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Conflict of Interest
Submitted by Scott Cleland on Fri, 2012-03-02 17:16
Count me as totally perplexed how the supposedly-security-minded U.S. State Department could decide to adopt security-challenged Google's Chrome browser for worldwide use by the State Department. What are they thinking?
Chrome is a consumer-grade, ad-supported, tracking-driven browser. By design Chrome has an advertising default omni-tracking capability inappropriate for Federal Government secret classified work. For the first time only last week, Google begrudgingly committed to offering a voluntary do-not-track capability for Chrome by the end of 2012 as part of the White House brokered Online Privacy Bill of Rights. However, will Google respect the State Department's right to secrecy? That's a very fair question given that…
Submitted by Scott Cleland on Wed, 2012-02-29 11:50
In anticipation of Google formally closing its "transformative" Motorola acquisition, investors soon will have to figure out the appropriate new valuation model/multiple for GOOG-MMI. Arguably, few major companies have undermined or confused their valuation model/multiple more for investors than Google, which acquired a major company that is it's investment, financial, operational, and cultural opposite.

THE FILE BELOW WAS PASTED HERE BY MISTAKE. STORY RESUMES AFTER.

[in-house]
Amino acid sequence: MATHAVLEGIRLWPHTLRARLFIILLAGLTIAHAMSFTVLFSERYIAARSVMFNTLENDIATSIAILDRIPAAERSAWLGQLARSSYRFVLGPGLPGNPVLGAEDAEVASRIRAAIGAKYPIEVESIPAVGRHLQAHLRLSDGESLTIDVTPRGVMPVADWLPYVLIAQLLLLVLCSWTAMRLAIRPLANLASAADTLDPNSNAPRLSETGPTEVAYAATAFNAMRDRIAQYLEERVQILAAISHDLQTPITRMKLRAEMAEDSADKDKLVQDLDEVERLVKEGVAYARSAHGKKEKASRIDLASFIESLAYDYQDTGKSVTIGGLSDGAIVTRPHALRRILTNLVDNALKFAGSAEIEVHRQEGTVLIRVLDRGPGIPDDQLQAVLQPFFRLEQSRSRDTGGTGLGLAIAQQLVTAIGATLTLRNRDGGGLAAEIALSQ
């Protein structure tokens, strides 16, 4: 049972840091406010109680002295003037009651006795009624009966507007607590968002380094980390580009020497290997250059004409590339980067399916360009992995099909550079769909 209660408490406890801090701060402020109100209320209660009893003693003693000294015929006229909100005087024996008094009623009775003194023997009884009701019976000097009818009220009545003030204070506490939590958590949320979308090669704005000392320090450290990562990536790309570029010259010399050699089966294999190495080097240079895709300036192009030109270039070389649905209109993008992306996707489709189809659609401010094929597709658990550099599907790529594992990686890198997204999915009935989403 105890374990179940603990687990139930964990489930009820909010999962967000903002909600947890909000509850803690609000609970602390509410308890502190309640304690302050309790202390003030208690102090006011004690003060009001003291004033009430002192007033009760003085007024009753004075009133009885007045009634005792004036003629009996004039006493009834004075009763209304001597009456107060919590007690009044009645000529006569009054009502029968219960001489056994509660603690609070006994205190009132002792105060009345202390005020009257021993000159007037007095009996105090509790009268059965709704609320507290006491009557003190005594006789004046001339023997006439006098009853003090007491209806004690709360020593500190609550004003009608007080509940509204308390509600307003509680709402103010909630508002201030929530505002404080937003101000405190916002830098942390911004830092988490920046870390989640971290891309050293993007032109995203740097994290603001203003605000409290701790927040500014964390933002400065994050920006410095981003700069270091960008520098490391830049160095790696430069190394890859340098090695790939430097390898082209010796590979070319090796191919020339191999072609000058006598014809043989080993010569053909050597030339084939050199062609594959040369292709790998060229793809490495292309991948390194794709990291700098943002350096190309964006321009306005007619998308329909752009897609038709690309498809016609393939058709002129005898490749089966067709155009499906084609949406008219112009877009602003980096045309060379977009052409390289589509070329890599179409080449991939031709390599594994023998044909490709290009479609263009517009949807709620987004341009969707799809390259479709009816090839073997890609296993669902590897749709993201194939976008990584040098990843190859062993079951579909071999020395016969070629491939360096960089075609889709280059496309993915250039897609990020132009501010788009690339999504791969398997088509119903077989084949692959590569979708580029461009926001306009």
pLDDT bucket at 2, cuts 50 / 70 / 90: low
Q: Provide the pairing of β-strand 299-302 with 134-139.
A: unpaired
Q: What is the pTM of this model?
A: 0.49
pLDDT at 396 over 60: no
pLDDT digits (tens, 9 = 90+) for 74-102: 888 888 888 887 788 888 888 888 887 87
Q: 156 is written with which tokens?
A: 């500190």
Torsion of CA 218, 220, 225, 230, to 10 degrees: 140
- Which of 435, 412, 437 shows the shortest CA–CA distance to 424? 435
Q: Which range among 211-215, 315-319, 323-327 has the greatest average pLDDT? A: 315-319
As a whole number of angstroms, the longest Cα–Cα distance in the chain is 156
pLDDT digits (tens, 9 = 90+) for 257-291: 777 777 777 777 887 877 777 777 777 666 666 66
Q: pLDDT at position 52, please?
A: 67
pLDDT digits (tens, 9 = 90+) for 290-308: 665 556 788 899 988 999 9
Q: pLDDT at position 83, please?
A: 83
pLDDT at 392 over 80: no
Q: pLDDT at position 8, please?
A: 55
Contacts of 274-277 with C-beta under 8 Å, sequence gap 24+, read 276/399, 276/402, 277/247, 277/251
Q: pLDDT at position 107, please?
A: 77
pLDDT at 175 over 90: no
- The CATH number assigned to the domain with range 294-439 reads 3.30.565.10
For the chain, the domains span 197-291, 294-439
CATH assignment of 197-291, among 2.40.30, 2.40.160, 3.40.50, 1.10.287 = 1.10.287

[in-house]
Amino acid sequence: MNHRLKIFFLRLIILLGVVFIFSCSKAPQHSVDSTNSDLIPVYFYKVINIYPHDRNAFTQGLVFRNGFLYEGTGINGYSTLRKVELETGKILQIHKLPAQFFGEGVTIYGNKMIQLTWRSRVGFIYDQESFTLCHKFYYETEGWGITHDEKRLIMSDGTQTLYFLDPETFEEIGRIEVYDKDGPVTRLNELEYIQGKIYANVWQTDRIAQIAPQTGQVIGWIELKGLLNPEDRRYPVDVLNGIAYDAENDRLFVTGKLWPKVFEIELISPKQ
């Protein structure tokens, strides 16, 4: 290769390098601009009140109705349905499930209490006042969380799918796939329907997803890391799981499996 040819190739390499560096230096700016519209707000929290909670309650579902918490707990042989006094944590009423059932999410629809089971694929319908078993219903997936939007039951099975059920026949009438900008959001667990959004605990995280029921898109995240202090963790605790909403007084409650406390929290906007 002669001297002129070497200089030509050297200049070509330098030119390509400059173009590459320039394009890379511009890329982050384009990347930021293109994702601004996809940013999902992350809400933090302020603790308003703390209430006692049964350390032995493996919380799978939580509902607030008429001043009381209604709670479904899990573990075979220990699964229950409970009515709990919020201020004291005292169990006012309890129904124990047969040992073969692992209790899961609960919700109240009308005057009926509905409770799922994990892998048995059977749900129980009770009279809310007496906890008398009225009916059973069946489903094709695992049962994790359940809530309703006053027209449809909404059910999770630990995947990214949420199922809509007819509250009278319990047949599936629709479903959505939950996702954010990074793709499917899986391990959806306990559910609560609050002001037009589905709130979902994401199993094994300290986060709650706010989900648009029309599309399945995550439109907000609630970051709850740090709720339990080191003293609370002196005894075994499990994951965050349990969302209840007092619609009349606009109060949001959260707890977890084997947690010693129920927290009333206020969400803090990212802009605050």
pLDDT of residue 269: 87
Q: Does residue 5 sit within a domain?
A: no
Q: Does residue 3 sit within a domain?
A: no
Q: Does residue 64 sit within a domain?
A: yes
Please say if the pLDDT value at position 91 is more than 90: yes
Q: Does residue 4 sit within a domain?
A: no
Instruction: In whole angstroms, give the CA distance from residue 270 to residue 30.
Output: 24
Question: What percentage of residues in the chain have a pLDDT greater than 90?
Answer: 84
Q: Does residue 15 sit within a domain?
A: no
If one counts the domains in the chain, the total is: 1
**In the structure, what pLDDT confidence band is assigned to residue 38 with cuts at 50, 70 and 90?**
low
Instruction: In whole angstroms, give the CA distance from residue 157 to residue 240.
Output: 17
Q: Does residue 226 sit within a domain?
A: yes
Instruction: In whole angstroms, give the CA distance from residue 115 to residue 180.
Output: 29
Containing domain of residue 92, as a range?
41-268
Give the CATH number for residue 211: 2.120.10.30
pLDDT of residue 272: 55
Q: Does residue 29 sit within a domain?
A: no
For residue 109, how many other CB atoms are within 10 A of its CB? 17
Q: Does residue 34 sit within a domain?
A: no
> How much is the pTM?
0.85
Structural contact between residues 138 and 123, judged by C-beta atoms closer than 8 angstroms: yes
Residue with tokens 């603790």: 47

Submitted by Scott Cleland on Wed, 2012-02-22 13:22
Since Privacy International ranked Google worst in the world for Privacy in its 2007 privacy survey for its unique “comprehensive consumer surveillance & entrenched hostility to privacy,” Google has had at least 24 more public scandals/controversies over privacy/security.
Submitted by Scott Cleland on Fri, 2012-02-17 16:20
(Note: The text in quotations are verbatim quotes from Google via a Politico post. The italics in [ ] is a satirical translation of what Google really is saying.)
“Google’s Rachel Whetstone, senior vice president for Communications and Public Policy issued the following statement to POLITICO regarding a WSJ report that the company has been bypassing the privacy settings of Apple's Web browser on iPhones and computers:”
“The Journal mischaracterizes what happened and why.”